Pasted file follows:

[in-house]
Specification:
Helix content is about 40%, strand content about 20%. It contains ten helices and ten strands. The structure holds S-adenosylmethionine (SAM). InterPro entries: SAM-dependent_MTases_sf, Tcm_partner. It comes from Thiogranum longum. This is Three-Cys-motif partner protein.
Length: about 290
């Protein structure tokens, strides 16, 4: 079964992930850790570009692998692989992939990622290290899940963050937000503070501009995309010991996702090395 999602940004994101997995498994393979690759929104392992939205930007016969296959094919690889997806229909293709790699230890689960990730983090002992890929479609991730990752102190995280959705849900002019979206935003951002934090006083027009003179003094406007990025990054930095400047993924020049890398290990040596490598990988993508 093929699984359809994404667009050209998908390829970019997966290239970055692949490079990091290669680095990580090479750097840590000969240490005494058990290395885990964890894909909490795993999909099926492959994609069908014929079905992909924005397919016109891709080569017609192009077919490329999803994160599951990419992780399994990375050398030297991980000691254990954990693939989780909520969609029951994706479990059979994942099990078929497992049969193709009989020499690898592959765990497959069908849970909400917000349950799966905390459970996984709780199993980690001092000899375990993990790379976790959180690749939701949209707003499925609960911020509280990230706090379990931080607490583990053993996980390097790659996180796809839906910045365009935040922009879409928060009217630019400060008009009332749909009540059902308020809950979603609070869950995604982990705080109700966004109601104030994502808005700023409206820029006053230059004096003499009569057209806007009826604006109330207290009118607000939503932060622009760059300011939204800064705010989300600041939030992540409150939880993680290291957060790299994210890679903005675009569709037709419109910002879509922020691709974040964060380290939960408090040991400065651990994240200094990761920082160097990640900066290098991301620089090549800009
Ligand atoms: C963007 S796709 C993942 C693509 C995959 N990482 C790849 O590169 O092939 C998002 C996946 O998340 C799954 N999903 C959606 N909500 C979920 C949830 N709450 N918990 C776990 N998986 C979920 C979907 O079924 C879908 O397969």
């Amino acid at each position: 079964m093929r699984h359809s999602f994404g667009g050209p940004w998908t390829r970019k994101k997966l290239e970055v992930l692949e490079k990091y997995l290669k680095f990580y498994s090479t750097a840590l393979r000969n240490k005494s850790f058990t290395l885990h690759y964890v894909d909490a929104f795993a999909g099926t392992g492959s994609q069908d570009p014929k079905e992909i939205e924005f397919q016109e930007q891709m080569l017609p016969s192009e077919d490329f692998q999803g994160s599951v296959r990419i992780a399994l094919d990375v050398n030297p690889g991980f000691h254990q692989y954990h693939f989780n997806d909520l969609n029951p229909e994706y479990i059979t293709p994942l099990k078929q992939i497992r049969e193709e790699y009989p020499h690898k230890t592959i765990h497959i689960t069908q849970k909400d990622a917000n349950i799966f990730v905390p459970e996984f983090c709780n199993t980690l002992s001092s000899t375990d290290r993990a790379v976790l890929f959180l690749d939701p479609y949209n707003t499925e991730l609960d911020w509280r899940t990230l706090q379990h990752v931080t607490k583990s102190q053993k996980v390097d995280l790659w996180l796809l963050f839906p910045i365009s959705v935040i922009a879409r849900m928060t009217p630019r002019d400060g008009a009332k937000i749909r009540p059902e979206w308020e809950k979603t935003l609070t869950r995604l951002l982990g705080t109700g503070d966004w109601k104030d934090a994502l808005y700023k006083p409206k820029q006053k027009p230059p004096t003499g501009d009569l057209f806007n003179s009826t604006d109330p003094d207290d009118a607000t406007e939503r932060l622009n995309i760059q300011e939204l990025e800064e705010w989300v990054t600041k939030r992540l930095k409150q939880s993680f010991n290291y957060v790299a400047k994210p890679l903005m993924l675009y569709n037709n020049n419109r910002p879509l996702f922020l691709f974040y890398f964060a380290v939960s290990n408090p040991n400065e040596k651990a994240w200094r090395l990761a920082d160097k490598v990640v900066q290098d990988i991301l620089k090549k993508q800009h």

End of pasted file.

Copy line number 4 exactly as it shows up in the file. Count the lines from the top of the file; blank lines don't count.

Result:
Length: about 290